A Day in the Life of a Working Child in Kathmandu, Nepal: A Synthesis of 20 Stories about Children’s Days

This synthesis paper summarises patterns in the lived experience of 20 children in Kathmandu who went about a typical day in their lives.

Combining use of Global Positioning System (GPS) technology, a survey children completed via a mobile phone app, and ethnographic observations, children and adult researchers recorded locations, times of day, activities, and feelings. This paper brings into view the challenges that children in worst forms of child labour navigate before, after, and between work. The findings illustrate how children struggle to combine work and school. It surfaces the fears that the children have getting to and from work. The paper shows how they navigate both stigma and harassment. The children work long hours into the night in unsafe locations, for low wages, which makes it difficult to survive. They work through sickness, and their work makes them sick. They have to work with men who are drunk and, in some venues, are required to drink alcohol themselves. On commission-based earning structures, the children’s survival depends on it. Aside from the immediate and long-term effects of alcohol consumption, children struggle to navigate the dangers at work and in their neighbourhoods under its influence. Some of the actions that government actors, non-governmental organisations, businesses, and the children themselves could take to improve safety and wellbeing in workplaces and on journeys to and from work are discussed.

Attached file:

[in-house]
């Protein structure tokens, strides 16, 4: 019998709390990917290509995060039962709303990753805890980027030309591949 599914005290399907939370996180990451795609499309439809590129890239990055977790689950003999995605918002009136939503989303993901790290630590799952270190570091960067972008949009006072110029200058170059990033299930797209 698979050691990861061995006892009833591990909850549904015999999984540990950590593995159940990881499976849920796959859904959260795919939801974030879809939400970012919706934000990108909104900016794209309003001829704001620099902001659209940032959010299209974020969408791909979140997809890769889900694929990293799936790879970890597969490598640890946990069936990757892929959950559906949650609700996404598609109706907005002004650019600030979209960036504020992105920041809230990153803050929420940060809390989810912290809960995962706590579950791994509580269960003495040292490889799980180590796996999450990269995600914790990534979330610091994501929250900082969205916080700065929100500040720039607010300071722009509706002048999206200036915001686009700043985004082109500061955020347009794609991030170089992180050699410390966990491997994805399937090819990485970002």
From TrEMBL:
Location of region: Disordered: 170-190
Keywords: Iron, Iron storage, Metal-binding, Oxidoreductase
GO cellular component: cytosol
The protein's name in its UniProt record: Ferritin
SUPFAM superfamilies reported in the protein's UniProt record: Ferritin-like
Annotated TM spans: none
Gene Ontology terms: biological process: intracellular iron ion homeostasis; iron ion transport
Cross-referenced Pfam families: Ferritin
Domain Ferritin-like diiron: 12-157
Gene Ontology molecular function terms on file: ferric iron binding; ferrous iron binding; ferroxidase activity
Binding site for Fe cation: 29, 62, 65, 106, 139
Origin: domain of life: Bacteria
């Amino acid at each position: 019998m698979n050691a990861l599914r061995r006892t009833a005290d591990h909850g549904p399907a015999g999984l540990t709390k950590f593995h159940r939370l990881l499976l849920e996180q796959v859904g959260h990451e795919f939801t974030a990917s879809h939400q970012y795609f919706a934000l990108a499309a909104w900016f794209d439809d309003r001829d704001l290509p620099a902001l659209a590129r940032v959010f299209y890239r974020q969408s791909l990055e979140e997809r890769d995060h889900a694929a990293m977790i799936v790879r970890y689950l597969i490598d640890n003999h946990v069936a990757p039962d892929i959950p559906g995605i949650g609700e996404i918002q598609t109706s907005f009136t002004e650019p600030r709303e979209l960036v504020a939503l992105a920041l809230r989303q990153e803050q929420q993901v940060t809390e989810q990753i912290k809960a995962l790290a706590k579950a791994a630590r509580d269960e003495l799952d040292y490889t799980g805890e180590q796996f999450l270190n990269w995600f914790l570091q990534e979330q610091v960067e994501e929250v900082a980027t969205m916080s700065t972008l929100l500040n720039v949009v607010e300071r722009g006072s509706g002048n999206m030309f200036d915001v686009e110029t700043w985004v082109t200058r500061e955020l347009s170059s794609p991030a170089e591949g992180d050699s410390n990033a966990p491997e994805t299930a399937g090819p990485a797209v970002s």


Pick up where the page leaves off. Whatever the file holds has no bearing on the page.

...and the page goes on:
Aked, J.; Burns, D.; Bhattarai, K.; Rayamajhi, D. and Timilsina, A. (2024) A Day in the Life of a Working Child in Kathmandu, Nepal: A Synthesis of 20 Stories about Children’s Days, CLARISSA Research and Evidence Paper 17, Brighton: Institute of Development Studies, DOI: 10.19088/CLARISSA.2024.011

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June 13, 2024
June 2024
Institute of Development Studies
Jody Aked, Danny Burns, Kriti Bhattarai, Rayamajhi, D. & Amit Timilsina